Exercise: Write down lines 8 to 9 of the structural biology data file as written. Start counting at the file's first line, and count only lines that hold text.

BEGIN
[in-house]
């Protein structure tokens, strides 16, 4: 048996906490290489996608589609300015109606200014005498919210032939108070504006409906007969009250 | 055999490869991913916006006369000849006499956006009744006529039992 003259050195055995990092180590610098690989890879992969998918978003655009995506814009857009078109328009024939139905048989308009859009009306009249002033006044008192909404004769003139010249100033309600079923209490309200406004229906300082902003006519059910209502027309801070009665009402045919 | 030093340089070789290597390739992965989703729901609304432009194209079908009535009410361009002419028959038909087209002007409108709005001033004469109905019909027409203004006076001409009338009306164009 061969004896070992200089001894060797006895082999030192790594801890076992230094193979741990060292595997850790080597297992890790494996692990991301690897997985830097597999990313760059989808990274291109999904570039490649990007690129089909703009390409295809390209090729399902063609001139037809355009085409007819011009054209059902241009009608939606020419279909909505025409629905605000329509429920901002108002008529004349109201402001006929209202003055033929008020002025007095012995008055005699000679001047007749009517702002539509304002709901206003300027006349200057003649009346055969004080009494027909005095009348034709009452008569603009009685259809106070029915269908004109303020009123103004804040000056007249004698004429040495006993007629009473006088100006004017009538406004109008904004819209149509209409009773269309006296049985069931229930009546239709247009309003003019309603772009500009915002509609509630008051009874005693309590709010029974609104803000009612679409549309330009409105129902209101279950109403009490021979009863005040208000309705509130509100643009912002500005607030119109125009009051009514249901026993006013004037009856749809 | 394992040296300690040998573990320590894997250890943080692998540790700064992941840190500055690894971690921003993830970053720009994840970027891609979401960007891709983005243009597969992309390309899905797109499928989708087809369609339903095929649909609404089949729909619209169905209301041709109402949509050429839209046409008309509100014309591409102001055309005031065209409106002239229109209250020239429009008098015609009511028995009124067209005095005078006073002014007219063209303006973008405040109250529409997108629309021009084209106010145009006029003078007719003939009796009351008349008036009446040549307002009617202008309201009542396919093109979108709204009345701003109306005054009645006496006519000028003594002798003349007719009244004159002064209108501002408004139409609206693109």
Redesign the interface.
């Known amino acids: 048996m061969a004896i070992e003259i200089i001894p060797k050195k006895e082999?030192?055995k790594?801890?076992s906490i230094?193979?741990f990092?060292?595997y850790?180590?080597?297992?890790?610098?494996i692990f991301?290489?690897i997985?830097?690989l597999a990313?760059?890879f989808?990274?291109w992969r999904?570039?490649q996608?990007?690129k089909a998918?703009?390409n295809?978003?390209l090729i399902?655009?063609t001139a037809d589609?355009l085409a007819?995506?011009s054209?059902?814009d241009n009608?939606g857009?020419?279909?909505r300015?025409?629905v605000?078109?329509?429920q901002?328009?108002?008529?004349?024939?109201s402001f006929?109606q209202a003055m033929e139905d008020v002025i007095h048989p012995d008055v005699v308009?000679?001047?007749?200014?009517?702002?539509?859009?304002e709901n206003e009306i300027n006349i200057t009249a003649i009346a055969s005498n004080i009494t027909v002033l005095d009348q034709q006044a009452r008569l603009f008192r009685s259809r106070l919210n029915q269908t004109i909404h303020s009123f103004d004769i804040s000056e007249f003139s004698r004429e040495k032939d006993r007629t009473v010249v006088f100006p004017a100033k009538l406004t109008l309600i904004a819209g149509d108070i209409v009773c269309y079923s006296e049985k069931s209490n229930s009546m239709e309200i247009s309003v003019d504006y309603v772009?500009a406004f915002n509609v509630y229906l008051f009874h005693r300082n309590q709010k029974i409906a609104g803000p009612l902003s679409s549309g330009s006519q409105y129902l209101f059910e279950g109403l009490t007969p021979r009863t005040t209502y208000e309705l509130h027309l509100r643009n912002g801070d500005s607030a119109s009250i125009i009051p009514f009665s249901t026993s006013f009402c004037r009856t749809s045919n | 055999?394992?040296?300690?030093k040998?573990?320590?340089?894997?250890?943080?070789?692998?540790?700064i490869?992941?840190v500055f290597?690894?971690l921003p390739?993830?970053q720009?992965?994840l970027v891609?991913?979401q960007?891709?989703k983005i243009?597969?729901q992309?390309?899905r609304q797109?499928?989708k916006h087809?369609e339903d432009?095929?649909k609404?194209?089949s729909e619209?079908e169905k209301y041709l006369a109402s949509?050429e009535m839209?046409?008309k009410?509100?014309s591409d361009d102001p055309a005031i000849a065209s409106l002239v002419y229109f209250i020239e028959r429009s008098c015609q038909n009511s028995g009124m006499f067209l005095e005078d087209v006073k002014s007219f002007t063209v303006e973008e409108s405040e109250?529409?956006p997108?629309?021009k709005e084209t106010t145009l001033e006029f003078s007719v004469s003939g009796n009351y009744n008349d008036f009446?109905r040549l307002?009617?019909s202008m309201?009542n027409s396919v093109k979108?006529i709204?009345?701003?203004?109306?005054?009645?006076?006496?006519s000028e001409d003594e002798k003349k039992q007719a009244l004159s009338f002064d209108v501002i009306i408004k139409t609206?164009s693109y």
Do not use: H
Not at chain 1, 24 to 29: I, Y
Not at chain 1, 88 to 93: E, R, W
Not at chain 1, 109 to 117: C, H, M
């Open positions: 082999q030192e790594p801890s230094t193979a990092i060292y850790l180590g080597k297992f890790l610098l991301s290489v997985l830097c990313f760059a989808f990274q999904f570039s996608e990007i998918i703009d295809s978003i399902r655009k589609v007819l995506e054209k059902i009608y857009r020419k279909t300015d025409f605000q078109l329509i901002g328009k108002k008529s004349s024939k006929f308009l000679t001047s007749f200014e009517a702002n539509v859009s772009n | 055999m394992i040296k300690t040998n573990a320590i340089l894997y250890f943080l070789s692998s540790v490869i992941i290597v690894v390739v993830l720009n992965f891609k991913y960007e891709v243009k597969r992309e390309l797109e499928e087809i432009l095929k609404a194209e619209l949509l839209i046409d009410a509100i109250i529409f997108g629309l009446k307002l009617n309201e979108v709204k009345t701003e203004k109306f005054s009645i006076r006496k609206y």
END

Not at chain 1, 109 to 117: C, H, M
């Open positions: 082999q030192e790594p801890s230094t193979a990092i060292y850790l180590g080597k297992f890790l610098l991301s290489v997985l830097c990313f760059a989808f990274q999904f570039s996608e990007i998918i703009d295809s978003i399902r655009k589609v007819l995506e054209k059902i009608y857009r020419k279909t300015d025409f605000q078109l329509i901002g328009k108002k008529s004349s024939k006929f308009l000679t001047s007749f200014e009517a702002n539509v859009s772009n | 055999m394992i040296k300690t040998n573990a320590i340089l894997y250890f943080l070789s692998s540790v490869i992941i290597v690894v390739v993830l720009n992965f891609k991913y960007e891709v243009k597969r992309e390309l797109e499928e087809i432009l095929k609404a194209e619209l949509l839209i046409d009410a509100i109250i529409f997108g629309l009446k307002l009617n309201e979108v709204k009345t701003e203004k109306f005054s009645i006076r006496k609206y």